By Joseph Staszewski
Longtime Francis Lewis boys’ basketball and baseball coach Randy James died of leukemia April 25 in Charlotte, N.C., according to his former players. He was 68.
His death came as a shock and out of the blue to those who knew him back in New York. Former players such as Howard Ringer, who was on James’ first basketball team, said they wished they had had a chance to be by his side and say goodbye. James was under hospice care when he died.
“We never got a chance to say bye to him,” Ringer said. “It’s a tough loss.”
James coached both teams for more than 20 years. He took over the Lewis basketball program in 1980 after it changed coaches each of the previous two seasons, according to Ringer. His impact was immediate and lasting. He stayed on the bench for 23 years before retiring in 2004. James won the school’s only boys’ basketball city title in 1995, a Class B crown, in a game played at Madison Square Garden.
“Just a great dude,” Ringer said. “You don’t get many good coaches in your lifetime. It was a blessing to have him.”
James, a graduate of East New York HS and Brooklyn College, also led the Patriots baseball team for 20 seasons before stepping down in 2007 to move to North Carolina and spend time with his family.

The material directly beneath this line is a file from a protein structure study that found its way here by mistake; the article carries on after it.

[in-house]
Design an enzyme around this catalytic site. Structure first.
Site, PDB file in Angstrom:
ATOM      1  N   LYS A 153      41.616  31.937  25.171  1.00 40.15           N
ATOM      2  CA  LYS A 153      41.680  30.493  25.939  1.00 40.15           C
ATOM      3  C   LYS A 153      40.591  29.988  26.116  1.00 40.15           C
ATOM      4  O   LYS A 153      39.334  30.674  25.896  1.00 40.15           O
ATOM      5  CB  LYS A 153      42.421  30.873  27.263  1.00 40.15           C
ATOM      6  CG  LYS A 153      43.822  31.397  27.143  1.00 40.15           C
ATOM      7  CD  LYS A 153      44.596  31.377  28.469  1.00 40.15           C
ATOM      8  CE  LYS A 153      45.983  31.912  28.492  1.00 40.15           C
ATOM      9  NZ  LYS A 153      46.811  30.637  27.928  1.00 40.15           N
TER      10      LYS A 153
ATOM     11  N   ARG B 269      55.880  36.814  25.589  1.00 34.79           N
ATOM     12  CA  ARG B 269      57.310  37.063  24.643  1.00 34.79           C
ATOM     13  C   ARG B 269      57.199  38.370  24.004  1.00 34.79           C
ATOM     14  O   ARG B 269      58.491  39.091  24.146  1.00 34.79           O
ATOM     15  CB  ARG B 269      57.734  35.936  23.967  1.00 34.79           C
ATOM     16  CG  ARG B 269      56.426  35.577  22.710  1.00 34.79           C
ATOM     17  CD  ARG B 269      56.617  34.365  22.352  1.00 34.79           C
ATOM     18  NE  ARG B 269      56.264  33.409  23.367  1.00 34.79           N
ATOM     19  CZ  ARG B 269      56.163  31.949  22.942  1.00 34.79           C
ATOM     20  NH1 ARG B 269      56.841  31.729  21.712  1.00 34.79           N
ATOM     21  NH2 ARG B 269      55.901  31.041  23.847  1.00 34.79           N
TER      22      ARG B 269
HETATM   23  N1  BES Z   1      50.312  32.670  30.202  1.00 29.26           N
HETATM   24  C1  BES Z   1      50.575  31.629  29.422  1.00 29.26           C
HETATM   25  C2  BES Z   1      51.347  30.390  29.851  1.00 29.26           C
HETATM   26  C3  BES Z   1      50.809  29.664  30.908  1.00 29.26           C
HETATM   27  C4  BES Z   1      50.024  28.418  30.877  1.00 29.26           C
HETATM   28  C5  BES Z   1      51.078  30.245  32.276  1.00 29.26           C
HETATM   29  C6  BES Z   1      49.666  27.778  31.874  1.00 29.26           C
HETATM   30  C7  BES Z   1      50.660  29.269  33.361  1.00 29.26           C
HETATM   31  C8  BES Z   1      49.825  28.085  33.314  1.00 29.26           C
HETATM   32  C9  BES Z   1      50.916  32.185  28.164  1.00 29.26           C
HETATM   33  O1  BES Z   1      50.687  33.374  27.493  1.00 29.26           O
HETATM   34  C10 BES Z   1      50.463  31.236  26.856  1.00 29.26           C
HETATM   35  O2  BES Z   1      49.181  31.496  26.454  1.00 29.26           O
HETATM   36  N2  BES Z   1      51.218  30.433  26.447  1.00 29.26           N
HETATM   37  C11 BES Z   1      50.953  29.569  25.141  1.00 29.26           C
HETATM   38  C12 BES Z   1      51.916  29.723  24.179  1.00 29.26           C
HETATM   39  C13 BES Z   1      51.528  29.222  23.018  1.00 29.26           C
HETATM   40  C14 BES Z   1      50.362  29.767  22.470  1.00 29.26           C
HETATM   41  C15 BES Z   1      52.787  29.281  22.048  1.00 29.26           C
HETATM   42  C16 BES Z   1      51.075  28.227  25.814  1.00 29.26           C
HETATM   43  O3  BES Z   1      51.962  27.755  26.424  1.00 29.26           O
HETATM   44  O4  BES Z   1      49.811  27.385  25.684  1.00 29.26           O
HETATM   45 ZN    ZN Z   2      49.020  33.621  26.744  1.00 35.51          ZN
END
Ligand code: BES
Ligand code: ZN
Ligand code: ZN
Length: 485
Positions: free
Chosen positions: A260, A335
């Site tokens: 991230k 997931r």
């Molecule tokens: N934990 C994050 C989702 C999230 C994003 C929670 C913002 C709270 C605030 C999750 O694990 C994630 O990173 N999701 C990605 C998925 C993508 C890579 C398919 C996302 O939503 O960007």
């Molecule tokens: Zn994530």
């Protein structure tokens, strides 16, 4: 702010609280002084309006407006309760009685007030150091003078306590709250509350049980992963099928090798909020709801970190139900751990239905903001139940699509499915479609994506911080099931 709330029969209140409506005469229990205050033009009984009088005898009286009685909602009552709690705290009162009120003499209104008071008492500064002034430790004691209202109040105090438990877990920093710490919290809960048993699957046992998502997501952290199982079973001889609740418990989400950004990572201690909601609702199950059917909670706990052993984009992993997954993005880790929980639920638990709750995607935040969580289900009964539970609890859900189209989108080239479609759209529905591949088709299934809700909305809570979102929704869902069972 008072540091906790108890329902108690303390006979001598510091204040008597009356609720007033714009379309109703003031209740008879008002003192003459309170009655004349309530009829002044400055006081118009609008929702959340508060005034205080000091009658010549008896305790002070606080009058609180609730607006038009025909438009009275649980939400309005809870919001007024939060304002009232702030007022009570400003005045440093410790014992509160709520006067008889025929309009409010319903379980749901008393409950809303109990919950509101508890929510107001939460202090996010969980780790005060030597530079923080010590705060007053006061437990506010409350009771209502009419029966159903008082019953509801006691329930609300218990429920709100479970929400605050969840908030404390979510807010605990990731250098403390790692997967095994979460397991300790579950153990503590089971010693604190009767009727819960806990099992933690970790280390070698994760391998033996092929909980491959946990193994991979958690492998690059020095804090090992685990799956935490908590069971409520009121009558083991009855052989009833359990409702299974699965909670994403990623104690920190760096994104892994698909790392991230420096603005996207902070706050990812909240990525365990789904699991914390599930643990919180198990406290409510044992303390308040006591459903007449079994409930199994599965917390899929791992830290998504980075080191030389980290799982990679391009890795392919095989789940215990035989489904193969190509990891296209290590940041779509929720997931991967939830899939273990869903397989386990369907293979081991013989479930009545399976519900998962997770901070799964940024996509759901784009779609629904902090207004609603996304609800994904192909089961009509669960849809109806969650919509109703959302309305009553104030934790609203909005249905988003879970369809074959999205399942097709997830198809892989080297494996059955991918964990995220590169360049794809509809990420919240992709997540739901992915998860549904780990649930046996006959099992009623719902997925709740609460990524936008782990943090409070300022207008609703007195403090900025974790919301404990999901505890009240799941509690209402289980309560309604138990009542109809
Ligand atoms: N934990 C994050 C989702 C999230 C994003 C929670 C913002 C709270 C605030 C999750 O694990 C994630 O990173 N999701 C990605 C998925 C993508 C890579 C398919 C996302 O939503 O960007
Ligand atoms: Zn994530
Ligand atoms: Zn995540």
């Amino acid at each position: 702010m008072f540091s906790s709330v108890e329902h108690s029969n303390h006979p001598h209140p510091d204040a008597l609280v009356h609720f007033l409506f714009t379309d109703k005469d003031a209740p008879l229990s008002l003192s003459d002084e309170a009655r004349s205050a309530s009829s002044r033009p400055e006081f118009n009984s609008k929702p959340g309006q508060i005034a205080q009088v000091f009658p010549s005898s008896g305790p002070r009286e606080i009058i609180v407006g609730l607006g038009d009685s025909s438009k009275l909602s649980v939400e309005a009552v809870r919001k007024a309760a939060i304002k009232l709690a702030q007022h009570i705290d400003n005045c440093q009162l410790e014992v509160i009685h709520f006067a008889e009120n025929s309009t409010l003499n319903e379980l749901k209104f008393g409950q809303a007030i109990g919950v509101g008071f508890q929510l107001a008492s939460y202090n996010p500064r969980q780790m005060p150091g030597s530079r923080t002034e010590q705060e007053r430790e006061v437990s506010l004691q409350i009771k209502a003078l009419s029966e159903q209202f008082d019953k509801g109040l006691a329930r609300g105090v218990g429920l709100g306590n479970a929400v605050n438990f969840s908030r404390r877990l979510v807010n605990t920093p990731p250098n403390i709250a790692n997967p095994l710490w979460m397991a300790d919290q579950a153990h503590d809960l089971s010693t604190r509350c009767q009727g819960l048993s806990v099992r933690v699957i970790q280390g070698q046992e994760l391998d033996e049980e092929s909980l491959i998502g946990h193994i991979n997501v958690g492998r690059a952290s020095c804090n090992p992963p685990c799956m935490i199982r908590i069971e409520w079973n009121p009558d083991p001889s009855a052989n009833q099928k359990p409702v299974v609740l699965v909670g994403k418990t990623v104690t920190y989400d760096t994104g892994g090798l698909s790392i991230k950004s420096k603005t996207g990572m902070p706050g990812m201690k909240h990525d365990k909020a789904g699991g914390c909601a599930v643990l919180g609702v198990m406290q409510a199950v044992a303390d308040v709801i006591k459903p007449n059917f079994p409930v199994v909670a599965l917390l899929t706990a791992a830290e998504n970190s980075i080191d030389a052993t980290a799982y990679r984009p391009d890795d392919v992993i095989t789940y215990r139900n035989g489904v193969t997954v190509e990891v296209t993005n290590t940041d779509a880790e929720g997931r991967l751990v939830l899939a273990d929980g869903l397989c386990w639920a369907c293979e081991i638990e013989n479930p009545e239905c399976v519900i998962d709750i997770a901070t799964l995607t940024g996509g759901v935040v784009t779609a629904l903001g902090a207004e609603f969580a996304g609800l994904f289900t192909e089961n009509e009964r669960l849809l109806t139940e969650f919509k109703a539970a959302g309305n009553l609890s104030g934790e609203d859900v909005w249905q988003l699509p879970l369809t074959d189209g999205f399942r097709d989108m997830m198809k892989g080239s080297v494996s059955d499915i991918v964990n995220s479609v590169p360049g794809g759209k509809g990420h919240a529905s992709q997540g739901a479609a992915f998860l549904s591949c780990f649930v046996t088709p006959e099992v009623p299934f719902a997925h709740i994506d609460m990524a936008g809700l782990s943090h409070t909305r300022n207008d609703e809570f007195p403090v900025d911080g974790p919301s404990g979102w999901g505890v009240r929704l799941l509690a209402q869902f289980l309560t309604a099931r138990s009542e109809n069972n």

“To do it for that long and that many straight months showed the dedication that he had, because he starts in October and goes to June,” Francis Lewis Athletic Director Arnie Rosenbaum said. “For all those years he gave up a lot to do that, but that was just him. He just loved to do it.”
He was a father figure to many of his players, whom he treated like his own kids. James has two daughters but hundreds for sons. He made an immediate impact in his first basketball season, both in wins and the players’ individual performance, Ringer said. He gave them the freedom to bring out the best in their games.
“He allowed us to be the players we were meant to be,” Ringer said. “He didn’t try to handcuff our game. He really allowed us to play.”
Fred Burton, a first team all-city selection as a senior who went on to play at Alabama and LIU, remembers jumping from six points per game as a freshman to 27 as a sophomore under James.
“He’s one of the best coaches I’ve even had,” Burton said.
He was more than just a coach at Lewis. James was also an English teacher, an assistant principal and dean in the school and part of its inaugural coaching Hall of Fame class last June. He was academic adviser at the famed ABCD basketball camps.
“He enjoyed it,” Burton said. “He really got pleasure out of it, helping kids out. He was really strong on academics and all that stuff, too. He wasn’t all about sports.”
Memorial services will be held May 6 at 11 a.m. at Mt. Carmel Baptist Church in Charlotte. A memorial in New York is being planned for a later date, according to James’ Facebook account.